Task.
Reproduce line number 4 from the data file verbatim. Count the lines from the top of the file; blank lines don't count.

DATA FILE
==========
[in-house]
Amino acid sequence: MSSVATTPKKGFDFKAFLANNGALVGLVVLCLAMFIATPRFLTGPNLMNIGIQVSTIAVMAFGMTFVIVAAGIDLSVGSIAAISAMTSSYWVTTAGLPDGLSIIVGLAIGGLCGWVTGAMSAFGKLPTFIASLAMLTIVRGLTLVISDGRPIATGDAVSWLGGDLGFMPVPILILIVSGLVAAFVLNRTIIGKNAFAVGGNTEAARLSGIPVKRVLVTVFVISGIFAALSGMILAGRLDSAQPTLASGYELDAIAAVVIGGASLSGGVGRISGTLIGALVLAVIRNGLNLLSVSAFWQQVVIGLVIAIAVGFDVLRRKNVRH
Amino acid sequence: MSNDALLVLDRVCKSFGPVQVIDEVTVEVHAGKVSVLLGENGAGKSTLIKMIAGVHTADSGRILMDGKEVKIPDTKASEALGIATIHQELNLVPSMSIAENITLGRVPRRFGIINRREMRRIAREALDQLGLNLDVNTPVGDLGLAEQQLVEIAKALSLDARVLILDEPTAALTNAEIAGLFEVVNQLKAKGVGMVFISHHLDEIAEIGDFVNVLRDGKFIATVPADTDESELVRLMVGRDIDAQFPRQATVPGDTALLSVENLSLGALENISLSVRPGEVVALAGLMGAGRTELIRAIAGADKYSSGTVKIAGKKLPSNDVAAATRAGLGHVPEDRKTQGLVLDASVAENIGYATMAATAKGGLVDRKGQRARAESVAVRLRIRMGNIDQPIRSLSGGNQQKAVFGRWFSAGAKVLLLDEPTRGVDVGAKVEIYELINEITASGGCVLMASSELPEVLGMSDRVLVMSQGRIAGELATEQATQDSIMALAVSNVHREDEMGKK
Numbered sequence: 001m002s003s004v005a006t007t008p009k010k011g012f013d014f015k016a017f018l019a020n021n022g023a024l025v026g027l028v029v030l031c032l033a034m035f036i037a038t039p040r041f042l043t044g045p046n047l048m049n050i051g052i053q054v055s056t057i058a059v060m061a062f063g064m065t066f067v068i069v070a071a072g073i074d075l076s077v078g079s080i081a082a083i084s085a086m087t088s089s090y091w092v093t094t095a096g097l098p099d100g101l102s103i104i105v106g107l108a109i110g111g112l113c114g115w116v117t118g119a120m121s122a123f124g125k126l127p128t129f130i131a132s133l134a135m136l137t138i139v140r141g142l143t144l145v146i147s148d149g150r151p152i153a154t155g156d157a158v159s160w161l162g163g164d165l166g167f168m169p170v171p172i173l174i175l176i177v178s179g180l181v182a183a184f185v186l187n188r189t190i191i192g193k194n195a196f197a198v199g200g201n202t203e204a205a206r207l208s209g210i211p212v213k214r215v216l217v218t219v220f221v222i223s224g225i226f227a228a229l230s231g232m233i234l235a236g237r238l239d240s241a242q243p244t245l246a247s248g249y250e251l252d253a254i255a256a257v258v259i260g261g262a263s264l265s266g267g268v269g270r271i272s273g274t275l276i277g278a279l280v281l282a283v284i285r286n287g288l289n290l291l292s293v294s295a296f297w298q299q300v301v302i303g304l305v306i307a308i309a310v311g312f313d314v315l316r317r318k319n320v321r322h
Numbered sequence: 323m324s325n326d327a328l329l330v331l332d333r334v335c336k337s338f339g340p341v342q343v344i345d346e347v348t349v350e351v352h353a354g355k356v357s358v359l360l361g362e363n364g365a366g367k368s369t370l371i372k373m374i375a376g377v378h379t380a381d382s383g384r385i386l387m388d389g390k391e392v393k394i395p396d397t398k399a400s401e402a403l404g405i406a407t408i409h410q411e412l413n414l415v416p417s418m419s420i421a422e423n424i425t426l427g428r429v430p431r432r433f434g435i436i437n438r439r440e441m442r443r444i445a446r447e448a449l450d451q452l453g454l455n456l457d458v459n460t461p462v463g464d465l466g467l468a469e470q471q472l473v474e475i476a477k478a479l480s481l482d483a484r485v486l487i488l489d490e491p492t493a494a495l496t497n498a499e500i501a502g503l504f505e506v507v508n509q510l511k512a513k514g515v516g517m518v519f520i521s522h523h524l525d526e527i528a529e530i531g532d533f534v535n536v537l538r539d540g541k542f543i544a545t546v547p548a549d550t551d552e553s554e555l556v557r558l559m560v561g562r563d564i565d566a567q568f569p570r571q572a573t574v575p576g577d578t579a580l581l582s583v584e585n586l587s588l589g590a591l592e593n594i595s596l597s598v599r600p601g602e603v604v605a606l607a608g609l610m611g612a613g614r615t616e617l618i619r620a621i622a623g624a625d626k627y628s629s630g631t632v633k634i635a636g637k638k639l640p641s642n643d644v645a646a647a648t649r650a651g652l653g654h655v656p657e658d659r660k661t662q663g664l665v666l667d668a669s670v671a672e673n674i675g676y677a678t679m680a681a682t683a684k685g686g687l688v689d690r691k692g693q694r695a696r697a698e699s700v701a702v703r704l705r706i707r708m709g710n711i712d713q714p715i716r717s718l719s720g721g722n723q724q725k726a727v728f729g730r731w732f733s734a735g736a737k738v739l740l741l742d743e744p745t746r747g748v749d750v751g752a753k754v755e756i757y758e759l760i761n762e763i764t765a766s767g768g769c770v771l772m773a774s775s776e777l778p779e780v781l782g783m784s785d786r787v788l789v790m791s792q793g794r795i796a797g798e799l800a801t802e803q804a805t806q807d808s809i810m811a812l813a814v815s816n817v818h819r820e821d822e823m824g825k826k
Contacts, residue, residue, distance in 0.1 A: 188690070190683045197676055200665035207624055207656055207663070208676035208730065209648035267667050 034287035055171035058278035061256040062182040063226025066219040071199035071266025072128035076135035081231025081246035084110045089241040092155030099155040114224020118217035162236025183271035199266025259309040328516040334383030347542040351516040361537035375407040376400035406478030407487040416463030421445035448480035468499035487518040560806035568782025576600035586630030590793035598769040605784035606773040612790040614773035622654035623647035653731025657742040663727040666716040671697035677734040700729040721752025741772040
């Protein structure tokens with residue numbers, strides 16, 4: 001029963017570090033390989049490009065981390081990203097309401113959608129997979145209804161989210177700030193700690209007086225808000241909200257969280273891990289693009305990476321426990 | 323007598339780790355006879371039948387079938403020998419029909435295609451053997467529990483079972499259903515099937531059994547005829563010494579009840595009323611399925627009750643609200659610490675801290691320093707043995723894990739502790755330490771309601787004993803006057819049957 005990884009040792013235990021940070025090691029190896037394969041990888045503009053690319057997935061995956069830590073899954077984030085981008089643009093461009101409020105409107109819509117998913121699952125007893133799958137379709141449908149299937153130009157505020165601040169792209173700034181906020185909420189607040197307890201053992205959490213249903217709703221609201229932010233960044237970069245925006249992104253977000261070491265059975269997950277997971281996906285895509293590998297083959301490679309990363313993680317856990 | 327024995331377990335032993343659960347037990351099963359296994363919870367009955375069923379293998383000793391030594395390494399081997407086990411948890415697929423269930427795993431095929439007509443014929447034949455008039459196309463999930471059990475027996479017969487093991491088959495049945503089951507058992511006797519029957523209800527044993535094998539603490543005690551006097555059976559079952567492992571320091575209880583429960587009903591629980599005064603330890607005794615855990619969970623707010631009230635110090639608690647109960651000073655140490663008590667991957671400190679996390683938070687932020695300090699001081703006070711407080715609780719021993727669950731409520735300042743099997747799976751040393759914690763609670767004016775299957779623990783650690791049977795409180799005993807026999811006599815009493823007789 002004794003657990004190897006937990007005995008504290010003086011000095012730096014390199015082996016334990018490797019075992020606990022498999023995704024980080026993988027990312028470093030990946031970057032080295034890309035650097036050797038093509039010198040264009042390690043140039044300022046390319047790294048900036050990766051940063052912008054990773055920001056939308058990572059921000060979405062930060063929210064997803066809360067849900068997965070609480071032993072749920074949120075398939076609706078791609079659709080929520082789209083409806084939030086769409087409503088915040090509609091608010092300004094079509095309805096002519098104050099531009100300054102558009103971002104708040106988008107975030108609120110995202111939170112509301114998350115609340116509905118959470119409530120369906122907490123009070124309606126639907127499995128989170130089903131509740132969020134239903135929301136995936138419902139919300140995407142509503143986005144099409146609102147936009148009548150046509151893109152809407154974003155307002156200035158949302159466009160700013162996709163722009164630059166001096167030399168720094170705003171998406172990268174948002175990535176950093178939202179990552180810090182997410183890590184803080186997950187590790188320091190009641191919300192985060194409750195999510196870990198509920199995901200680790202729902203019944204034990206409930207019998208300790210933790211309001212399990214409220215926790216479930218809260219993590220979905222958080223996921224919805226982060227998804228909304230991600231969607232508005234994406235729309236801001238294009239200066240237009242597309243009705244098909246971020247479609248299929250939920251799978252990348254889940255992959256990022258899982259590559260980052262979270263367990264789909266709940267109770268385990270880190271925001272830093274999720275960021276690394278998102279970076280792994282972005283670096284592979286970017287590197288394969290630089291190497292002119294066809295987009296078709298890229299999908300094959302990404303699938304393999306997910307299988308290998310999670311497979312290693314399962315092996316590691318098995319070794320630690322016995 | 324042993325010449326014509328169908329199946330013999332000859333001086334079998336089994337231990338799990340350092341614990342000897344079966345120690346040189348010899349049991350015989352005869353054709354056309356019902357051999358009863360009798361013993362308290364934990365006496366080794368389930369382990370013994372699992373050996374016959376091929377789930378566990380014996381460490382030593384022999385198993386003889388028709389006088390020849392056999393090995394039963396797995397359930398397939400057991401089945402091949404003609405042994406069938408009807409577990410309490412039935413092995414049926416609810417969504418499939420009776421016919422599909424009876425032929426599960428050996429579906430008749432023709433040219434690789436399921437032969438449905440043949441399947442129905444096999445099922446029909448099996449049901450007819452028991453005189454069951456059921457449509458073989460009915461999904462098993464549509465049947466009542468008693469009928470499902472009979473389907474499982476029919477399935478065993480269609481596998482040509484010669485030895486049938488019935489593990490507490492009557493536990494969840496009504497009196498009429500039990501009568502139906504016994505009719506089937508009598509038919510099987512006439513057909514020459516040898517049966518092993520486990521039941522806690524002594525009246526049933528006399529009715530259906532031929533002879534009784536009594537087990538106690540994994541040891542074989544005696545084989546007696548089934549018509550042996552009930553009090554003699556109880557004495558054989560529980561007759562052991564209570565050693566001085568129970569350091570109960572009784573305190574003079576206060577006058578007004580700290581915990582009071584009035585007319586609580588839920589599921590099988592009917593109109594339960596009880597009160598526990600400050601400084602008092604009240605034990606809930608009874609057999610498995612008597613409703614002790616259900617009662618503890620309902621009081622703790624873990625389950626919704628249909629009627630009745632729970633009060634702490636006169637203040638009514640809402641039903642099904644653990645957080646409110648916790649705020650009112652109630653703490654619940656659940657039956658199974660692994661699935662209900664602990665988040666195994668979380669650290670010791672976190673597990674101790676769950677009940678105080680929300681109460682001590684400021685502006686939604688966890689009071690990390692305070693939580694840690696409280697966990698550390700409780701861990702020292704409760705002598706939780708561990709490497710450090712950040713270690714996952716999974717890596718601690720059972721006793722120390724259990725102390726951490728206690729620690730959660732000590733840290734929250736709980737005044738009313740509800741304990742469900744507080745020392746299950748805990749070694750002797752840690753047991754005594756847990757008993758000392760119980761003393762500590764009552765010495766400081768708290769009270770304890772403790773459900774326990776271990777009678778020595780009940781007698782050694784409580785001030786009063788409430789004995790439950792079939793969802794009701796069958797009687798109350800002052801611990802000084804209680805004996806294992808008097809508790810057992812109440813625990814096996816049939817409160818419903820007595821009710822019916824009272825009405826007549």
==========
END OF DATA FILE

Numbered sequence: 001m002s003s004v005a006t007t008p009k010k011g012f013d014f015k016a017f018l019a020n021n022g023a024l025v026g027l028v029v030l031c032l033a034m035f036i037a038t039p040r041f042l043t044g045p046n047l048m049n050i051g052i053q054v055s056t057i058a059v060m061a062f063g064m065t066f067v068i069v070a071a072g073i074d075l076s077v078g079s080i081a082a083i084s085a086m087t088s089s090y091w092v093t094t095a096g097l098p099d100g101l102s103i104i105v106g107l108a109i110g111g112l113c114g115w116v117t118g119a120m121s122a123f124g125k126l127p128t129f130i131a132s133l134a135m136l137t138i139v140r141g142l143t144l145v146i147s148d149g150r151p152i153a154t155g156d157a158v159s160w161l162g163g164d165l166g167f168m169p170v171p172i173l174i175l176i177v178s179g180l181v182a183a184f185v186l187n188r189t190i191i192g193k194n195a196f197a198v199g200g201n202t203e204a205a206r207l208s209g210i211p212v213k214r215v216l217v218t219v220f221v222i223s224g225i226f227a228a229l230s231g232m233i234l235a236g237r238l239d240s241a242q243p244t245l246a247s248g249y250e251l252d253a254i255a256a257v258v259i260g261g262a263s264l265s266g267g268v269g270r271i272s273g274t275l276i277g278a279l280v281l282a283v284i285r286n287g288l289n290l291l292s293v294s295a296f297w298q299q300v301v302i303g304l305v306i307a308i309a310v311g312f313d314v315l316r317r318k319n320v321r322h